Standard theory says gravity is caused by warping space, which I think is total nonsense and still does not provide us with an answer as to why matter should curve space.

This means other mechanisms besides warping space (such as electromagnetic forces / dipole attraction) could be the cause of gravity. Thus if the earths electrical field has changed drastically, its possible this could also have an effect on gravity without the need for the earth's mass to change.

blazelabs has put out an electric gravity theory as have a few other researchers.



- In my opinion - I think the earth was ejected from a gas giant planet as a solid compact body. It has expanded over time, not due to a gain in mass, but due to not being under the pressure of a gas giants gravity and atmosphere.

I think as the earth has been dislocated over time into the suns orbit where we are today, the electric field of the earth has changed and altered earth's gravity.

So gravity is a function of the electrical field, expansion is a function of decompression after ejection.



posted on Aug, 6 2009 @ 05:45 AM
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Originally posted by mnemeth1
I think you are deliberately leaving out important facts and twisting the evidence to meet your agenda.

Not at all. I'm referencing YOUR link.
precedings.nature.com...

Your link specifically stated the following:
-The link you listed specifically states in the heading,
-"Pre-publication research and preliminary findings"

I'm not lying or twisting that around am I? That's what it says right? Word for word....right?

"However, predicting an absolute value of this upper limit has been difficult because wing morphology and flight styles vary among species."

I'm not making this up. I'm posting, word for word, what YOUR link states.

Now that being said:

The wing shape of Pteranodon' suggests that it would have flown rather like a modern-day albatross. This is a suggestion based on the fact that the Pteranodon had a high aspect ratio (wingspan to chord length) similar to that of the albatross — 9:1 for Pteranodon, compared to 8:1 for an albatross. Albatrosses spend long stretches of time at sea fishing, and utilize a flight pattern called "dynamic soaring" which exploits the vertical gradient of wind speed near the ocean surface to travel long distances without flapping, and without the aid of thermals (which do not occur over the open ocean the same way they do over land).[6] However, most scientists do agree that Pteranodon could flap their wings and fly with power. These two flight styles would not have been mutually exclusive in Pteranodon, or in pterosaurs in general.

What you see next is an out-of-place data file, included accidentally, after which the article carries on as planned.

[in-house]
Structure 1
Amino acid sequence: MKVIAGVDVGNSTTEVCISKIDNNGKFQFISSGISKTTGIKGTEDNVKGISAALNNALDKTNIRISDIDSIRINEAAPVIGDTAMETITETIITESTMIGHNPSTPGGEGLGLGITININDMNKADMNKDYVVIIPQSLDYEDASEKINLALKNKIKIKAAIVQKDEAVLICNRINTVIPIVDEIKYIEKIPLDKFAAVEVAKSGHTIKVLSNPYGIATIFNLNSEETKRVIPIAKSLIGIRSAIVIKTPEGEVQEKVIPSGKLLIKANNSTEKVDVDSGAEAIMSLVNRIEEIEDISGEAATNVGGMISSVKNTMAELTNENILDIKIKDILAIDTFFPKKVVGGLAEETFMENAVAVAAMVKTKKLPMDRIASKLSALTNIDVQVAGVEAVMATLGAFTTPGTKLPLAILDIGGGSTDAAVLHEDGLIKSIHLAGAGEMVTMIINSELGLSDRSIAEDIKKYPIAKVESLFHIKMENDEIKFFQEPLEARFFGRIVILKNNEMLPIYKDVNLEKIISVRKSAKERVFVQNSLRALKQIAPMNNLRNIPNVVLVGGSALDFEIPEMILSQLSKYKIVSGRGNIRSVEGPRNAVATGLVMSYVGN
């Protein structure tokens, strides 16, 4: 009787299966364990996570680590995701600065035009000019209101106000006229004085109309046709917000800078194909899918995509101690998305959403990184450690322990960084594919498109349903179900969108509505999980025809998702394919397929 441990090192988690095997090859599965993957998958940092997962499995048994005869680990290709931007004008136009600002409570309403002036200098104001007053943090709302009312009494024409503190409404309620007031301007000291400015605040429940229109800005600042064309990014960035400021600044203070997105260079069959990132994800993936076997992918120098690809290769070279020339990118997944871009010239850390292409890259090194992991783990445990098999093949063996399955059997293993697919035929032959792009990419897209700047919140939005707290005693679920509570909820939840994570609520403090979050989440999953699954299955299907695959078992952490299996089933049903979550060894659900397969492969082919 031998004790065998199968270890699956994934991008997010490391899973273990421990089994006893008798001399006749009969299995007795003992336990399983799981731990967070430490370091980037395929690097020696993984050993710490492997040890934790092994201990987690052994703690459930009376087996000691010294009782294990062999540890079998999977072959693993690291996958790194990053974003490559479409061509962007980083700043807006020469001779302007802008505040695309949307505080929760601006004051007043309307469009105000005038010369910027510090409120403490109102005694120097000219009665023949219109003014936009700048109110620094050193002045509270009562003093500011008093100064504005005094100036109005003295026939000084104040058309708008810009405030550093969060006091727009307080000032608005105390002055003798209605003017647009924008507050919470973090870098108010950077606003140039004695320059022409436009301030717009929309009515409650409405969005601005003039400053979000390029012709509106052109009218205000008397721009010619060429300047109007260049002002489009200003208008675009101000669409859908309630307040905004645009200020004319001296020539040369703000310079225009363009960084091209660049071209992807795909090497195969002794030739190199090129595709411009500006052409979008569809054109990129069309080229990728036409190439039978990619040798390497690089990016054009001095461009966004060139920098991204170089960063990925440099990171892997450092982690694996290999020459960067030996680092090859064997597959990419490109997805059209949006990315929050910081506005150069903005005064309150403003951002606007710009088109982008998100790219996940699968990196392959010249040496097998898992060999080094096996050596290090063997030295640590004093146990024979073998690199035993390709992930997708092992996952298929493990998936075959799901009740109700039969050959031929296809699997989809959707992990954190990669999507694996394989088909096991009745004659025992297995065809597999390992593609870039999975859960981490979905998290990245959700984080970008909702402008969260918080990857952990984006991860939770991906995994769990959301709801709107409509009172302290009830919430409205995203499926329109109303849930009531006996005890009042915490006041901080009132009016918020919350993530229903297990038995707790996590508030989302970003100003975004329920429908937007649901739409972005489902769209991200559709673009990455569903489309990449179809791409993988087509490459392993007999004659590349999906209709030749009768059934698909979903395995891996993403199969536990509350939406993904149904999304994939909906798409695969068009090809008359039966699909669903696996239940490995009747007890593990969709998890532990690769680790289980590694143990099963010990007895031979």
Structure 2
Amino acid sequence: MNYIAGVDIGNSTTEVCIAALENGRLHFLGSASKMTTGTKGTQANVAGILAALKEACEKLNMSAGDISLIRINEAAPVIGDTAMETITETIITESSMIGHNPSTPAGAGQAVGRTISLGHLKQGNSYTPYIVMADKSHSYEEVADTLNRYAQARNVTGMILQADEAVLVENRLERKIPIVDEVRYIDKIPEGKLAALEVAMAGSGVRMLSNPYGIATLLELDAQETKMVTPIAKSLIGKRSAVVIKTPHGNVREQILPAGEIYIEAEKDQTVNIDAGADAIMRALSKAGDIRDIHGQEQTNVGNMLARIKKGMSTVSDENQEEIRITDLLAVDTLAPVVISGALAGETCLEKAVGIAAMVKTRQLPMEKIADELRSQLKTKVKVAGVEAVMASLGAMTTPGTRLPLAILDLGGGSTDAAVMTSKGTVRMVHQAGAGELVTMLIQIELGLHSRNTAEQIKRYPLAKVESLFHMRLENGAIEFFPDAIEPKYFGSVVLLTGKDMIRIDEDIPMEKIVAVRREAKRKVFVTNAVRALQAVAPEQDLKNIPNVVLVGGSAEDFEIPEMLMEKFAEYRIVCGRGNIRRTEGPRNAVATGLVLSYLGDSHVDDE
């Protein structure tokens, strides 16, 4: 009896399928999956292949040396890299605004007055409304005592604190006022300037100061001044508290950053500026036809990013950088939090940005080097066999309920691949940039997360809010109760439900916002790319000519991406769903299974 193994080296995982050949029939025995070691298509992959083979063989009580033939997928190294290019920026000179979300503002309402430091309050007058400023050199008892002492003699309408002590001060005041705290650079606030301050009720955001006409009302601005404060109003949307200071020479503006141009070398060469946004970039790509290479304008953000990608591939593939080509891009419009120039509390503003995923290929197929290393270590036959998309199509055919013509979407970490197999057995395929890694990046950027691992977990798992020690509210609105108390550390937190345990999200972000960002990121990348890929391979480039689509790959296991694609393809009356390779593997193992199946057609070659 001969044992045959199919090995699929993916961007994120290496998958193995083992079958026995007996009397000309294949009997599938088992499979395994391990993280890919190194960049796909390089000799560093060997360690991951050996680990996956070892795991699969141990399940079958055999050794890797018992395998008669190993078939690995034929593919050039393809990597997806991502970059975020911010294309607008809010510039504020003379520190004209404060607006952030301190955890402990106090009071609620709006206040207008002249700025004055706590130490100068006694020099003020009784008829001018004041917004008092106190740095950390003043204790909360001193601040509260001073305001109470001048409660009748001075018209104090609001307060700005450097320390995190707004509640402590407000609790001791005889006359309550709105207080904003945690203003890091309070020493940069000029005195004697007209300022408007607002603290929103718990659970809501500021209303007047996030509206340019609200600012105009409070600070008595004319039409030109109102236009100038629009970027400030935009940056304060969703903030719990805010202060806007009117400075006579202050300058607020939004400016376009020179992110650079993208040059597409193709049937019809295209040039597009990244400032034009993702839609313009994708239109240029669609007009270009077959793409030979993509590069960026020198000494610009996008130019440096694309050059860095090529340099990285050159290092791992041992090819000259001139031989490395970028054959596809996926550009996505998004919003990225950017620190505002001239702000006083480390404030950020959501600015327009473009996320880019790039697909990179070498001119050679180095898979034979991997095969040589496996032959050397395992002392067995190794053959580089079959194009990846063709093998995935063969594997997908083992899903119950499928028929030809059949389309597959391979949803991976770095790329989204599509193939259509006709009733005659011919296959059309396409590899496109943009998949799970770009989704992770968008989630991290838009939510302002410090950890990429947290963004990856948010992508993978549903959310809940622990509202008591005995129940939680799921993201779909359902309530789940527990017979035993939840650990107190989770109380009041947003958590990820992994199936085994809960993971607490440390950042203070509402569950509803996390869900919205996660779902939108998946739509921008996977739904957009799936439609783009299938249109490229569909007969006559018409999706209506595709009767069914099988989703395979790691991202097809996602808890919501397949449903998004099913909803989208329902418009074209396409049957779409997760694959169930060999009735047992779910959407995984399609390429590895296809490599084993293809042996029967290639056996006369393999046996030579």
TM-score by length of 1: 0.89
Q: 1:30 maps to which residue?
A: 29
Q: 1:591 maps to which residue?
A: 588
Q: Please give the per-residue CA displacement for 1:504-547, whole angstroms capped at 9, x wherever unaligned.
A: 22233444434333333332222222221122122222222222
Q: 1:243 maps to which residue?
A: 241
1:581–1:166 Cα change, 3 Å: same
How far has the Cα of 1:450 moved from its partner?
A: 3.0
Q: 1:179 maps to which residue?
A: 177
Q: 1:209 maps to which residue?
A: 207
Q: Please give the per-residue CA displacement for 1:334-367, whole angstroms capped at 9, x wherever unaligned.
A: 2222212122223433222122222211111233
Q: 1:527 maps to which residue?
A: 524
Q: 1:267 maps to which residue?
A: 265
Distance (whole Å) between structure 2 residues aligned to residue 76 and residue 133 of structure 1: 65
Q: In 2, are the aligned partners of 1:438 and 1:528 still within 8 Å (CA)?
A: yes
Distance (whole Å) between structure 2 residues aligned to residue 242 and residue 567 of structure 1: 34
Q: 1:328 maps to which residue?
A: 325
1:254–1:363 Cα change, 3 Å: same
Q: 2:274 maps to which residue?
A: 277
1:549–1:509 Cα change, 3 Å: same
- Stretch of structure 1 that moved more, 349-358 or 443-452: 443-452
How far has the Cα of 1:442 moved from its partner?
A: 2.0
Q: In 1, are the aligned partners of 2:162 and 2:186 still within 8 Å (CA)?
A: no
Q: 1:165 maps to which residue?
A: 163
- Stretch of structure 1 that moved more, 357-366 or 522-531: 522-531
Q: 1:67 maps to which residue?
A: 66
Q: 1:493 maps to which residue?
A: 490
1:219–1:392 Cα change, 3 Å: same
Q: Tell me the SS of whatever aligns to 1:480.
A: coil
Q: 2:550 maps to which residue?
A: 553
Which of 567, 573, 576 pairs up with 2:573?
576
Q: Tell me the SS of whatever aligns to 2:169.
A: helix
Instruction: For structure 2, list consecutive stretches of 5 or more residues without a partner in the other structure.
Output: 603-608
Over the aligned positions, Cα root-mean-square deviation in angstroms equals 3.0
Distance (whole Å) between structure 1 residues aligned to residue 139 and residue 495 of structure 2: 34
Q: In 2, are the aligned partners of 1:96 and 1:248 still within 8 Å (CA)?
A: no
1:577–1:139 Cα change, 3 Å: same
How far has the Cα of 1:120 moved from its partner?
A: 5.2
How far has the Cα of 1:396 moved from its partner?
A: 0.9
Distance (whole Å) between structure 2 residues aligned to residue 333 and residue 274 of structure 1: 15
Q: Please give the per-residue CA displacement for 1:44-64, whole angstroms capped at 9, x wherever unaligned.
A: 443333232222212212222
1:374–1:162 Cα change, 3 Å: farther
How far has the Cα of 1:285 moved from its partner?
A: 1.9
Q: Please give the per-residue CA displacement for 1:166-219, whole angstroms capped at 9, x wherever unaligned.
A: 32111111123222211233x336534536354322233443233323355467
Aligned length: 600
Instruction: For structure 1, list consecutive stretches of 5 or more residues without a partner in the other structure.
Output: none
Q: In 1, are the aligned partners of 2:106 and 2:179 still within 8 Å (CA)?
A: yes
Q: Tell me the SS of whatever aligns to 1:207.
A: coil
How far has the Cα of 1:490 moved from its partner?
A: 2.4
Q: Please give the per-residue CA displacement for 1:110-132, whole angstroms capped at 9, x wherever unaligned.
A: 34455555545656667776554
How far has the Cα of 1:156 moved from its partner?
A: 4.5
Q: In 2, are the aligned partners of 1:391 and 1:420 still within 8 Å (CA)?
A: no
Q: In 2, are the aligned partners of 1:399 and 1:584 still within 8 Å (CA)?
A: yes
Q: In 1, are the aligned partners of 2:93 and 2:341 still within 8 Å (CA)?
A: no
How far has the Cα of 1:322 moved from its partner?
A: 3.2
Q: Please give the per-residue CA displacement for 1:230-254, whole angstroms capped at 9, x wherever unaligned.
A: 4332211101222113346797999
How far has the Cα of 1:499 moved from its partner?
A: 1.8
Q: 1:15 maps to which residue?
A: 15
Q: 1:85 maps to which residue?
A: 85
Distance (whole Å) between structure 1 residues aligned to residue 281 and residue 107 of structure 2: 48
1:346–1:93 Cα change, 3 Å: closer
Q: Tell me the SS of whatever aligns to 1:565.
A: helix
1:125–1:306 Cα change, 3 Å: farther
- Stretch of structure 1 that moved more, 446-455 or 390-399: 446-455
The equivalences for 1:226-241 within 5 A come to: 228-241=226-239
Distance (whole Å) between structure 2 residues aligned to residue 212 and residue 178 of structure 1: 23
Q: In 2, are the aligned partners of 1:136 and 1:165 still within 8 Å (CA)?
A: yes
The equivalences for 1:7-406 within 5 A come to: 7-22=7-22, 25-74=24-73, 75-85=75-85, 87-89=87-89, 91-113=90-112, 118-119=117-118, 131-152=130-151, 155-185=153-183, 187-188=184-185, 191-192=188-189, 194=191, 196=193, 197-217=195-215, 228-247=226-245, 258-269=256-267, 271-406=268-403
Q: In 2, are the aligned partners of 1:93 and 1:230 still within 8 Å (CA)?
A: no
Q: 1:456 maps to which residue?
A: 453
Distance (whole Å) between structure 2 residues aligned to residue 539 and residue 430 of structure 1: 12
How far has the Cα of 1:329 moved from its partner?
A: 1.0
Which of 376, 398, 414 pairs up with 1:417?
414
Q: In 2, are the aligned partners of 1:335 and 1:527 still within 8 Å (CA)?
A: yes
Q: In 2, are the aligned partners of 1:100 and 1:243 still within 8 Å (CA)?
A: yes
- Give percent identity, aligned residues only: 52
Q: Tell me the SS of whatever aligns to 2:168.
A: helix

Wind tunnel tests on model pterosaur wings with the pteroid bone in an extended antero-ventral orientation supporting a large, highly cambered propatagium show that such a configuration enables the wing to develop up to 30% more lift, even at very high angles of attack. This anatomical feature, based on the pteroid bone - the bone unique to the pterosaur clade - may have enabled pterosaurs to be active, powered flyers in spite of the lack of other features associated with strong fliers. For example, pterosaurs usually had a small (relative to modern birds) sternum keel as an anchor point for the pectoralis muscle.

en.wikipedia.org...


It doesn't pay to argue with you if you're going to use such tactics to maintain your arguments.

Oh you mean tactics such as posting factual/scientific data? Yes heaven forbid we get bogged down in facts



Its clear the giraffe is already at the maximum height limit for a land animal.

Only to you. I've posted information related to sauropods but again you ignore that because you can't let go of your pet "idea".


Its also clear that pterosaurs weren't a bunch of tree climbers or cliff jumpers.

I like the way no matter how much I try and clarify what I've said, you ignore it and go back to this. Seems like you're trying (unsuccessfully) to twist my posts. What a surprise


[edit on 6-8-2009 by jfj123]



posted on Aug, 6 2009 @ 06:07 AM
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Yes, it describes how the wing worked and that it was used for soaring.

However, as I said earlier, you're leaving out the heart of the argument, namely that IT WAS TOO HEAVY TO FLY.

Its clear right there in the abstract what they found:


The scaling relationships predicted that animals larger than the limit will not be able to flap fast enough to stay aloft under unfavourable wind conditions. Our result therefore casts doubt on the flying ability of large, extinct pterosaurs. The largest extant soarer, the wandering albatross, weighs about 10 kg, which might be a pragmatic limit to maintain a safety margin for sustainable flight and to survive in a variable environment.


I can build an airplane wing and describe its characteristics, however if I take a Cessna and load it up with the weight of a tank, it will not fly. No matter how great its wings are.